Lack of professional opportunities boosts women's academic rates

Published: Tuesday, January 14, 2003 at 6:01 a.m.
Last Modified: Tuesday, January 14, 2003 at 12:43 a.m.
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University of Florida basketball player Sophia Witherspoon graduated after four years in 1991 after being admitted to UF under an academic exception to NCAA admissions criteria. She now plays for the LA Sparks in the WNBA.

When University of Florida basketball player Sophia Witherspoon graduated after four years in 1991, her accomplishment was seen as so remarkable that UF created a special annual award named after her for student-athletes who overcome adversity.
Witherspoon was the first woman athlete admitted to UF under an academic exception to NCAA admissions criteria known as "Proposition 48," when she couldn't make the college entrance exam cutoff.
She now plays for the LA Sparks in the Women's National Basketball Association.
"My goal was to graduate in four years, not only to prove to myself, but to prove it to the university that I would not let them down and I would graduate from the University of Florida," she said in a telephone interview from her off-season home in Hollywood, Fla.
But while Witherspoon's story is remarkable in one sense, it fits a distinct pattern in the grade-point averages and graduation rates of student-athletes at UF and across the country.
Graduation rates are almost invariably higher in sports where there is no chance for a professional career or where opportunities are limited or poorly paid.
Most women's sports fall into that category, which is one reason, some say, that female athletes graduate at a significantly higher rate than male athletes - 61 versus 44 percent at UF, according to the 2002 NCAA graduation report, which tracked the 1995-96 recruiting class.
Nationwide, in Division I, 69 percent of female student-athletes entering in 1995-96 graduated versus 54 percent of male student-athletes.
Some of the disparity can be attributed to the fact that women graduate at a higher rate than men overall - 73 versus 67 percent in the UF student body, according to the report.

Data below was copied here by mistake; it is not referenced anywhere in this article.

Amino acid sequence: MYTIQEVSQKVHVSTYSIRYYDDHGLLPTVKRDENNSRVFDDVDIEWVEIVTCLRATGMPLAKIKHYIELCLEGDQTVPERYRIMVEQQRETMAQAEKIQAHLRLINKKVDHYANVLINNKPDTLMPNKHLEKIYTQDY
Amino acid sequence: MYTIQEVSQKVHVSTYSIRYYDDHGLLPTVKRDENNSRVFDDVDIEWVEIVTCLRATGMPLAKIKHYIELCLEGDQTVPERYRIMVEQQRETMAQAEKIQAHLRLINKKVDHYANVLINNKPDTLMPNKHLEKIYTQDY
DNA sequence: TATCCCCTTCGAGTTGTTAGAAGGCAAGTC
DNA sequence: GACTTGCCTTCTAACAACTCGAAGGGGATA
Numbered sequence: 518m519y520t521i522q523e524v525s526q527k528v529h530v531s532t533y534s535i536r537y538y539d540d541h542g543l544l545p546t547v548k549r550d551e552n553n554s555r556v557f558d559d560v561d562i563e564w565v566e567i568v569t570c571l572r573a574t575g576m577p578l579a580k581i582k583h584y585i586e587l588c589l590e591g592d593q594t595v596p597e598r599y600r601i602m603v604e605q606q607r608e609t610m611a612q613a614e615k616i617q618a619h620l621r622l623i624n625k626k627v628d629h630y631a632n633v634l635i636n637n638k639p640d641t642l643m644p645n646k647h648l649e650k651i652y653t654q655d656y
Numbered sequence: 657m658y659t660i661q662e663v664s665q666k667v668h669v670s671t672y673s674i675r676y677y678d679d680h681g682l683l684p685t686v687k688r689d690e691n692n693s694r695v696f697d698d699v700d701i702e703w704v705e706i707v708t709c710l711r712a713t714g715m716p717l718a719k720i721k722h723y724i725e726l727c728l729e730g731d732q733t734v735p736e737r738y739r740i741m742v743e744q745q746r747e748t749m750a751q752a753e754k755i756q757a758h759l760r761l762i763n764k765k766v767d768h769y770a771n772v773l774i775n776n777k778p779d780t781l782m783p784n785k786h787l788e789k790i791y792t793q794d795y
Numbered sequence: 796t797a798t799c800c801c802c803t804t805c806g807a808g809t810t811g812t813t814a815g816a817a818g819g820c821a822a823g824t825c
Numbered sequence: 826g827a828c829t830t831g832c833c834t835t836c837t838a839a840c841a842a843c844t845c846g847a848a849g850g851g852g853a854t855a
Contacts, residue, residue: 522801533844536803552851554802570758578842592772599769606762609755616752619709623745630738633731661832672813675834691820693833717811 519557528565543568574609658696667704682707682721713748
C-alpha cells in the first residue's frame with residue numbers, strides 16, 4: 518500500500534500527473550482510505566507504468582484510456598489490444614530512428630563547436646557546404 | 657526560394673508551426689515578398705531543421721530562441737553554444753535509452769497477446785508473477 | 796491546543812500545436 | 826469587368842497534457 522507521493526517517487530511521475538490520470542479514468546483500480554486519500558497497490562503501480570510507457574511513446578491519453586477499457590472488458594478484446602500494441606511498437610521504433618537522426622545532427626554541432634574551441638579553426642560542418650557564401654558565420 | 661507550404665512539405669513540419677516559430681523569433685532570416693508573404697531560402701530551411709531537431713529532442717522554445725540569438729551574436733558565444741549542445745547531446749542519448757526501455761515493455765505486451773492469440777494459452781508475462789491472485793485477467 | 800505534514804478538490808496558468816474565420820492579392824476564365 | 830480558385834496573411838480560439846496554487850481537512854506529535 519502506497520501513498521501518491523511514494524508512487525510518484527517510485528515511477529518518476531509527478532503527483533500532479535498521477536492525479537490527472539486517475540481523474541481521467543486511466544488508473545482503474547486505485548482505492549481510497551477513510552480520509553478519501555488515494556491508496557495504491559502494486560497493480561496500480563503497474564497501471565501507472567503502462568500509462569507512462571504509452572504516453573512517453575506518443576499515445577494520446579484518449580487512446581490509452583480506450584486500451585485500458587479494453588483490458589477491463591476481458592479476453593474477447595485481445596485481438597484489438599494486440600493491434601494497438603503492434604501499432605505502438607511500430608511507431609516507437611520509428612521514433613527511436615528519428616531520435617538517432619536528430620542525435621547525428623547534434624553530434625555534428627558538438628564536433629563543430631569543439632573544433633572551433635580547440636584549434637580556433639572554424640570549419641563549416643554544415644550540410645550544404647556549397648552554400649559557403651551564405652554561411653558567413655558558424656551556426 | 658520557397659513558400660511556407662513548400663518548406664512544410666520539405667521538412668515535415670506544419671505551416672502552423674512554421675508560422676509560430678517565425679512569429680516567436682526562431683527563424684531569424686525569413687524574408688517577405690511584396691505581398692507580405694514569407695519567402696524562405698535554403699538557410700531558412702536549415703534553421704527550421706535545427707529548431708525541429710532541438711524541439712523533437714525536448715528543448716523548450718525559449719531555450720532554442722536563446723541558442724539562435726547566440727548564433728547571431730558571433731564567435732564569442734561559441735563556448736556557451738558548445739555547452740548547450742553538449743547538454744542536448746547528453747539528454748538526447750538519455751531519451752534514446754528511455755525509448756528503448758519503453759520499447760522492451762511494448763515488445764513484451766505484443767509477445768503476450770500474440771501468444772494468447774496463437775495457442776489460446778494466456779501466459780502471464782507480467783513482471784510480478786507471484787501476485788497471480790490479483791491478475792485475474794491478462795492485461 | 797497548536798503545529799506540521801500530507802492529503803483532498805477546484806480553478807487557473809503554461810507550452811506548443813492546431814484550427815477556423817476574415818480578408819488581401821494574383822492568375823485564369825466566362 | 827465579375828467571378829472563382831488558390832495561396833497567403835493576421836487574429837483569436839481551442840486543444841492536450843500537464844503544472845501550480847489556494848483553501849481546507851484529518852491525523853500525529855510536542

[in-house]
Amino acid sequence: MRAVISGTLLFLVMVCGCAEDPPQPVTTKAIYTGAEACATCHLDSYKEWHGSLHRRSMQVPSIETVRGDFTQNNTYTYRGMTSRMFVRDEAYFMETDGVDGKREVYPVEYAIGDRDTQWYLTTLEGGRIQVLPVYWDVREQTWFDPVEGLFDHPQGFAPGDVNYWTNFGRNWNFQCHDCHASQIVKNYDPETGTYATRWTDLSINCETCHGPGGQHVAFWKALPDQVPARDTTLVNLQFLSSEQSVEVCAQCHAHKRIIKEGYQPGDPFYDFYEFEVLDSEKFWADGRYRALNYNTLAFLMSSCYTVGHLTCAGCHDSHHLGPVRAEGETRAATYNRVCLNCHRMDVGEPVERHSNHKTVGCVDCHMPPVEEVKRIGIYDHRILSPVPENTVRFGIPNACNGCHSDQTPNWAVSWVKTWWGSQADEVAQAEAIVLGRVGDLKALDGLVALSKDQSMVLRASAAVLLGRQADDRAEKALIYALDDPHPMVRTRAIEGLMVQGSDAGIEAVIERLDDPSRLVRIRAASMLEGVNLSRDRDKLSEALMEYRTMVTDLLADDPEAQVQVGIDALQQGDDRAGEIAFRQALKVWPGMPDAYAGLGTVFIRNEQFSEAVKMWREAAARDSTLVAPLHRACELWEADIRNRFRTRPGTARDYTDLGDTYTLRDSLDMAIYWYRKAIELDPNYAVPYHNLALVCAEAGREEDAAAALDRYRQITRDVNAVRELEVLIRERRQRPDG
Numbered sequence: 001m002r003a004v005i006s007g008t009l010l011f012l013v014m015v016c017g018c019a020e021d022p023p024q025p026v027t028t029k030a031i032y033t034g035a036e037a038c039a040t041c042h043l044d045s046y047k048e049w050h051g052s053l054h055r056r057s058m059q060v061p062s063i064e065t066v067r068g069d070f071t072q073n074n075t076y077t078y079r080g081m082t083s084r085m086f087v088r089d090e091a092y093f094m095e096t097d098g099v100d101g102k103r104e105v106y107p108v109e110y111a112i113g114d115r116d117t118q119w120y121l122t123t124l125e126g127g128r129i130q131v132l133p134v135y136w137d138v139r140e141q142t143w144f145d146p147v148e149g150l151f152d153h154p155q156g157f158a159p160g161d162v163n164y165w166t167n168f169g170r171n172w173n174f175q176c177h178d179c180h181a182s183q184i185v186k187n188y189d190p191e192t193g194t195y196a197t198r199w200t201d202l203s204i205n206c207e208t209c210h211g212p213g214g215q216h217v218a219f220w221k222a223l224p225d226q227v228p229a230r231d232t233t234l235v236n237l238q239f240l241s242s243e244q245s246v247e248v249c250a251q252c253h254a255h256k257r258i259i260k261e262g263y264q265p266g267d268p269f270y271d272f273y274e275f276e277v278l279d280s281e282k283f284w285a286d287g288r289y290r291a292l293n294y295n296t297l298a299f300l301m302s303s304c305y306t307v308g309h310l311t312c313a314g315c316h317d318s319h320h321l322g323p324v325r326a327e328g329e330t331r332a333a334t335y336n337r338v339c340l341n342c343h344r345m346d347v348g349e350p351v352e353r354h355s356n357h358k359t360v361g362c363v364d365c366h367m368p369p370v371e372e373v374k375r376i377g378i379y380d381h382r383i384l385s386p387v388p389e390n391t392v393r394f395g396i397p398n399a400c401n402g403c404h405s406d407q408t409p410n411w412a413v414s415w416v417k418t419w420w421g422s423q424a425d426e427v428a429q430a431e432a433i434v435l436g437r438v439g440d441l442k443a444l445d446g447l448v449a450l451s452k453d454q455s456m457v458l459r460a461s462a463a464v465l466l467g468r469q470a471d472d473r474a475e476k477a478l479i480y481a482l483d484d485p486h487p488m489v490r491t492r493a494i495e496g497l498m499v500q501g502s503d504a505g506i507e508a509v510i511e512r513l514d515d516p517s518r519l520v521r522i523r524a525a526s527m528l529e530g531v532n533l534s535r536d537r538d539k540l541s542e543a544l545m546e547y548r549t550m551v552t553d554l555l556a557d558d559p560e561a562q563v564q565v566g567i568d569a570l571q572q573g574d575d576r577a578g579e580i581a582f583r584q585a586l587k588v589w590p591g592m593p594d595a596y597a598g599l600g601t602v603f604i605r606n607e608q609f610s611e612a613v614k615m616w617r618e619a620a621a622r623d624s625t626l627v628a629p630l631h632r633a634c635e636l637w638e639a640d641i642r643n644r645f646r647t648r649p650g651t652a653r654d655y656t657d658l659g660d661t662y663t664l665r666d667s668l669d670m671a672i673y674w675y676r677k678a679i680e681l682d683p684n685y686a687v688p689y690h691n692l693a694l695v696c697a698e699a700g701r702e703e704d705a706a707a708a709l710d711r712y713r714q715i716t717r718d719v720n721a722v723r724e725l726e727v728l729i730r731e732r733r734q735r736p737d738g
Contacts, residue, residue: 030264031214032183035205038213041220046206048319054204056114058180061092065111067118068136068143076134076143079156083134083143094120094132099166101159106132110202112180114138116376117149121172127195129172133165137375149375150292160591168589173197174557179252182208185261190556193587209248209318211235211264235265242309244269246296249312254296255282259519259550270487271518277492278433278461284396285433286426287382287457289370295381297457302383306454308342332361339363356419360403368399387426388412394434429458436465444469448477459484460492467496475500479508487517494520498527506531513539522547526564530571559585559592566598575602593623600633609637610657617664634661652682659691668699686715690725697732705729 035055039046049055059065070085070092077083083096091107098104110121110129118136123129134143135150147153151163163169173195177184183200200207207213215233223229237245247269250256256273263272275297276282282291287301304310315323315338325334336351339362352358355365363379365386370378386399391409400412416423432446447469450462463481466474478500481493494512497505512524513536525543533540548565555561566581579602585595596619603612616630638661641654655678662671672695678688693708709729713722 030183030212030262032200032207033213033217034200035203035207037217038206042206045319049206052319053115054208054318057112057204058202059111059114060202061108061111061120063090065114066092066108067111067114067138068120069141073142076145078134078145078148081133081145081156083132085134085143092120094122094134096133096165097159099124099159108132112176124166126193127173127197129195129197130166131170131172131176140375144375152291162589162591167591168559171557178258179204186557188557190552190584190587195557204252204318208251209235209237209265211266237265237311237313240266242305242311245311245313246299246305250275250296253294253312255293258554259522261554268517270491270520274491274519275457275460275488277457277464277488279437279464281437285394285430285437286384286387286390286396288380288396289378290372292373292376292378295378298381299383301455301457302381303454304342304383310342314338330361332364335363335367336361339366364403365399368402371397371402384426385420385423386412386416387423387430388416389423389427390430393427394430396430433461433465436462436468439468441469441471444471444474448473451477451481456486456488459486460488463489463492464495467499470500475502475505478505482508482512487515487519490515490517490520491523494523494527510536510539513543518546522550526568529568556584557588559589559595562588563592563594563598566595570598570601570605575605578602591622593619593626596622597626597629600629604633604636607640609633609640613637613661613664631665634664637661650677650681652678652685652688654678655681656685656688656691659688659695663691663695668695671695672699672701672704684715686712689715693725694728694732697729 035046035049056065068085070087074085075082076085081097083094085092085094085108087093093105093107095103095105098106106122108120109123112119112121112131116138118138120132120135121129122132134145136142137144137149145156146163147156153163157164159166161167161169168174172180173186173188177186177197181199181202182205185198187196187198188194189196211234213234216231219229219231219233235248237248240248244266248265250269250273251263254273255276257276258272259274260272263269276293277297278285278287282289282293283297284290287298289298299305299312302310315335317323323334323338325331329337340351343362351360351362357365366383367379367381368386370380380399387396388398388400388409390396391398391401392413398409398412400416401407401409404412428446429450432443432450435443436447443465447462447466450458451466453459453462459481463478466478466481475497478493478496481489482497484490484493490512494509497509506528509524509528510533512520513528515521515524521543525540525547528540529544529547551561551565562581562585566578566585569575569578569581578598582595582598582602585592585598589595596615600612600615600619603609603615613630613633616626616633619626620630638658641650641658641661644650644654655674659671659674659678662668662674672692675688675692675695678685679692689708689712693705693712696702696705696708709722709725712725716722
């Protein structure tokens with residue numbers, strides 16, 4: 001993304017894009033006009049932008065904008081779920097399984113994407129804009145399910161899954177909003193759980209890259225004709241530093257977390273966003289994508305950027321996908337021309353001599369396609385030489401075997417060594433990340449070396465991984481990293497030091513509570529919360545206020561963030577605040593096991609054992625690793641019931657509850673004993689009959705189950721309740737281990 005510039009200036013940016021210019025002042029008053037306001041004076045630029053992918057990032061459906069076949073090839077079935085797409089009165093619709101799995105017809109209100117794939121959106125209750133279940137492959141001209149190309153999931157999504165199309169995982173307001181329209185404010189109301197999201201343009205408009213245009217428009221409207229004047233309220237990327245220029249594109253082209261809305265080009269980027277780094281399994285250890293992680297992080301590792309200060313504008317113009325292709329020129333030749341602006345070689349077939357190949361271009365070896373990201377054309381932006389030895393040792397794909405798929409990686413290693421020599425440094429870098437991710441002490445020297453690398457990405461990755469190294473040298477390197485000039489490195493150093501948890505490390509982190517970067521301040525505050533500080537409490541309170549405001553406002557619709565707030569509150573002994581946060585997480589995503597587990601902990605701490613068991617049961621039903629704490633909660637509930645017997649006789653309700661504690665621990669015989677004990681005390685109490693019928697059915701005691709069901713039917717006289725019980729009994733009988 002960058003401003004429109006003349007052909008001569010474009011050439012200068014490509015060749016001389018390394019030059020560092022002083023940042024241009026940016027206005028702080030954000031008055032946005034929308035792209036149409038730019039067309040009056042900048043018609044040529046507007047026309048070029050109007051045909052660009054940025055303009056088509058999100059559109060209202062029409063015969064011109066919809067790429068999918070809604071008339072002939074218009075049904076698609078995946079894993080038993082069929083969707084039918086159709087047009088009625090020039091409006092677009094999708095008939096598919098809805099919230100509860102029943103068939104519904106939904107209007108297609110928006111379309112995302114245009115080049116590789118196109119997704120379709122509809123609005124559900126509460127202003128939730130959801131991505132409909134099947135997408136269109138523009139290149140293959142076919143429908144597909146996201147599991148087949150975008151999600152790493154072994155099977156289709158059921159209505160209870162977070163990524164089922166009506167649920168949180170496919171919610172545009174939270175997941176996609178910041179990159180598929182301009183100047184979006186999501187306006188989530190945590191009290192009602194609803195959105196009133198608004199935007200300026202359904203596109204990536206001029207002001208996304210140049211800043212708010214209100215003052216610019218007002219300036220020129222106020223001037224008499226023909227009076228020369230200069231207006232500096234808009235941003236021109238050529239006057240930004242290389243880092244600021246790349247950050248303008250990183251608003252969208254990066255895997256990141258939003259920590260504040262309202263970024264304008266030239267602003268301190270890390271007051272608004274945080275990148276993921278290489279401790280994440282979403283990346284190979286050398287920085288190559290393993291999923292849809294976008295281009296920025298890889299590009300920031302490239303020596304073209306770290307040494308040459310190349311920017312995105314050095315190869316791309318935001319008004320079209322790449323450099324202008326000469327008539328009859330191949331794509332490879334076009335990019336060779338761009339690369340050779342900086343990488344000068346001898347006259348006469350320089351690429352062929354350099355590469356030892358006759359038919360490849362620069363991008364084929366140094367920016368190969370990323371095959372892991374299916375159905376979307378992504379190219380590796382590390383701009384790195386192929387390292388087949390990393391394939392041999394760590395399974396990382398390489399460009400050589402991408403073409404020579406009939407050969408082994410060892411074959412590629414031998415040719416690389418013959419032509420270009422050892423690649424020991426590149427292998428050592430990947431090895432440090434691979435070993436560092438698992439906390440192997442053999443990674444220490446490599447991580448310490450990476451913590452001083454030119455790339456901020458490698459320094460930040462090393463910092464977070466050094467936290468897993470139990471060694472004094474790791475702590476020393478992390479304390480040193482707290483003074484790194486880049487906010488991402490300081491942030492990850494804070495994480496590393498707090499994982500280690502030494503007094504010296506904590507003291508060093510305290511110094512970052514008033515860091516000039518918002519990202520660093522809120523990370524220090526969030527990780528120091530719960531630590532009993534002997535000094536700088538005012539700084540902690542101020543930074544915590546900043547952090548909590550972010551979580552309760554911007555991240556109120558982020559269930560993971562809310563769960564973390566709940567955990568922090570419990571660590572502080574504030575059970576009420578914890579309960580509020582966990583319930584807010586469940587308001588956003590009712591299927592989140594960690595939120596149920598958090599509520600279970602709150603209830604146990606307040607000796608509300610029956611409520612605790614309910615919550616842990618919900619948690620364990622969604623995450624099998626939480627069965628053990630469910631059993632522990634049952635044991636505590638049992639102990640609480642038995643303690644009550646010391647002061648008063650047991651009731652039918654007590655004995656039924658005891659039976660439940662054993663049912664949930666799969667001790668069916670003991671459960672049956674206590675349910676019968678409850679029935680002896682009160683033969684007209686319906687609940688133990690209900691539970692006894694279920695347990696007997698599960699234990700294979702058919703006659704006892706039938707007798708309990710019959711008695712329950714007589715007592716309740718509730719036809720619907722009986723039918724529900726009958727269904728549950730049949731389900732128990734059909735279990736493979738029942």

But UF's Women's Athletic Director Ann Marie Rogers said the lack of pro sports opportunities also plays a role.
"Part of it, I think, is that the women want to get their degree and they don't have the thoughts of going professional the way the men do," Rogers said.
"There aren't those same opportunities out there, and those that are there don't pay the same salaries," she said. "The exceptions for women are tennis and golf."

The difference

A Sun analysis of the average team grade-point averages by sport at UF bears out her theory. Ranking the sports in order of average grade-point averages from last year, clustered near the bottom of the list are the sports where players have the best chance of going on to a pro career.
From lowest grade-point average to highest, the bottom seven sports on the list are football, men's track, men's basketball, baseball, men's golf, women's golf and women's tennis.
A similar analysis is not available for graduation rates, because the NCAA tracks only a handful of sports individually: baseball, basketball, cross country and football for men, and basketball and cross country for women. The other sports are lumped into "men's other" and "women's other."